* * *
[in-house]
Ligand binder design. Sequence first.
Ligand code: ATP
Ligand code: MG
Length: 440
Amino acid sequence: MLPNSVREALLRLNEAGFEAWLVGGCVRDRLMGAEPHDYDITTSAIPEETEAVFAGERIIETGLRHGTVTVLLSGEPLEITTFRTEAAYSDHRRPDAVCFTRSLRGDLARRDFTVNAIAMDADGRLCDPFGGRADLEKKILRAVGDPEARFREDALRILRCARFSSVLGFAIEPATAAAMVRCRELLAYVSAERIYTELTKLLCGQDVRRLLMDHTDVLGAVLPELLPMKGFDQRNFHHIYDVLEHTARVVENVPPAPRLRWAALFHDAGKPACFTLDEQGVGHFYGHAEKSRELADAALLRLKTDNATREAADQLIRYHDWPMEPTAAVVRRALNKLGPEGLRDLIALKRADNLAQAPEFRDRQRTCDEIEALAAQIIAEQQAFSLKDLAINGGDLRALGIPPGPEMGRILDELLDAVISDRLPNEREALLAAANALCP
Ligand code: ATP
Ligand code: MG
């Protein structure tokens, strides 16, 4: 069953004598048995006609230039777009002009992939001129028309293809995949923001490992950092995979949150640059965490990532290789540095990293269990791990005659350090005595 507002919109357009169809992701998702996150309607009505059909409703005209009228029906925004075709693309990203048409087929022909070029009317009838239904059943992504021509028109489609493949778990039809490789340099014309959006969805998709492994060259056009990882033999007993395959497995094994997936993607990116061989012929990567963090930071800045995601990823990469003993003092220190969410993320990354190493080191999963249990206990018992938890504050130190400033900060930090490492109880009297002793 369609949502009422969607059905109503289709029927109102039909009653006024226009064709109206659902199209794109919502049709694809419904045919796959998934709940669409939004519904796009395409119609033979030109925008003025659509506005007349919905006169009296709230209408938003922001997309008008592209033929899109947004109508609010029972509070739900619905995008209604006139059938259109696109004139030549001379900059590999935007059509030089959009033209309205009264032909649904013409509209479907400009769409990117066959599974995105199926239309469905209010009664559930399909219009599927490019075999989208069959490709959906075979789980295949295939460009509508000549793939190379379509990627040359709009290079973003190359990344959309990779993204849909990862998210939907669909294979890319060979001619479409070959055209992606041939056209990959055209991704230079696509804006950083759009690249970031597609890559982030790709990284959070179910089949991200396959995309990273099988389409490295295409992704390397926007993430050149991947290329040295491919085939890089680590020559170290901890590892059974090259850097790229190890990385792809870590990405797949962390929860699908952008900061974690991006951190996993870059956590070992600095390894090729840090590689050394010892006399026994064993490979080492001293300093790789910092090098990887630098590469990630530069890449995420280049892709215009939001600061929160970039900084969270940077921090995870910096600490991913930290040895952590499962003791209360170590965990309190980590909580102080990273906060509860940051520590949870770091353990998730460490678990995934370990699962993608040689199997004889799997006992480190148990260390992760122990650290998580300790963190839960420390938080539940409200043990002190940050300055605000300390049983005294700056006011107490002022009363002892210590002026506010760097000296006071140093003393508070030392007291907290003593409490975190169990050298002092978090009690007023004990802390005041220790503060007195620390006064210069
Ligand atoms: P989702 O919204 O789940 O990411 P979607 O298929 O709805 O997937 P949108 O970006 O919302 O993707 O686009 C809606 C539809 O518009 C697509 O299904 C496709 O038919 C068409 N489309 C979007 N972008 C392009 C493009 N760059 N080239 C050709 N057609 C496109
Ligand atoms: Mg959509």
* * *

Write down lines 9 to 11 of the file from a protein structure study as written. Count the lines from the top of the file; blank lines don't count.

């Protein structure tokens, strides 16, 4: 069953004598048995006609230039777009002009992939001129028309293809995949923001490992950092995979949150640059965490990532290789540095990293269990791990005659350090005595 507002919109357009169809992701998702996150309607009505059909409703005209009228029906925004075709693309990203048409087929022909070029009317009838239904059943992504021509028109489609493949778990039809490789340099014309959006969805998709492994060259056009990882033999007993395959497995094994997936993607990116061989012929990567963090930071800045995601990823990469003993003092220190969410993320990354190493080191999963249990206990018992938890504050130190400033900060930090490492109880009297002793 369609949502009422969607059905109503289709029927109102039909009653006024226009064709109206659902199209794109919502049709694809419904045919796959998934709940669409939004519904796009395409119609033979030109925008003025659509506005007349919905006169009296709230209408938003922001997309008008592209033929899109947004109508609010029972509070739900619905995008209604006139059938259109696109004139030549001379900059590999935007059509030089959009033209309205009264032909649904013409509209479907400009769409990117066959599974995105199926239309469905209010009664559930399909219009599927490019075999989208069959490709959906075979789980295949295939460009509508000549793939190379379509990627040359709009290079973003190359990344959309990779993204849909990862998210939907669909294979890319060979001619479409070959055209992606041939056209990959055209991704230079696509804006950083759009690249970031597609890559982030790709990284959070179910089949991200396959995309990273099988389409490295295409992704390397926007993430050149991947290329040295491919085939890089680590020559170290901890590892059974090259850097790229190890990385792809870590990405797949962390929860699908952008900061974690991006951190996993870059956590070992600095390894090729840090590689050394010892006399026994064993490979080492001293300093790789910092090098990887630098590469990630530069890449995420280049892709215009939001600061929160970039900084969270940077921090995870910096600490991913930290040895952590499962003791209360170590965990309190980590909580102080990273906060509860940051520590949870770091353990998730460490678990995934370990699962993608040689199997004889799997006992480190148990260390992760122990650290998580300790963190839960420390938080539940409200043990002190940050300055605000300390049983005294700056006011107490002022009363002892210590002026506010760097000296006071140093003393508070030392007291907290003593409490975190169990050298002092978090009690007023004990802390005041220790503060007195620390006064210069
Ligand atoms: P989702 O919204 O789940 O990411 P979607 O298929 O709805 O997937 P949108 O970006 O919302 O993707 O686009 C809606 C539809 O518009 C697509 O299904 C496709 O038919 C068409 N489309 C979007 N972008 C392009 C493009 N760059 N080239 C050709 N057609 C496109
Ligand atoms: Mg959509």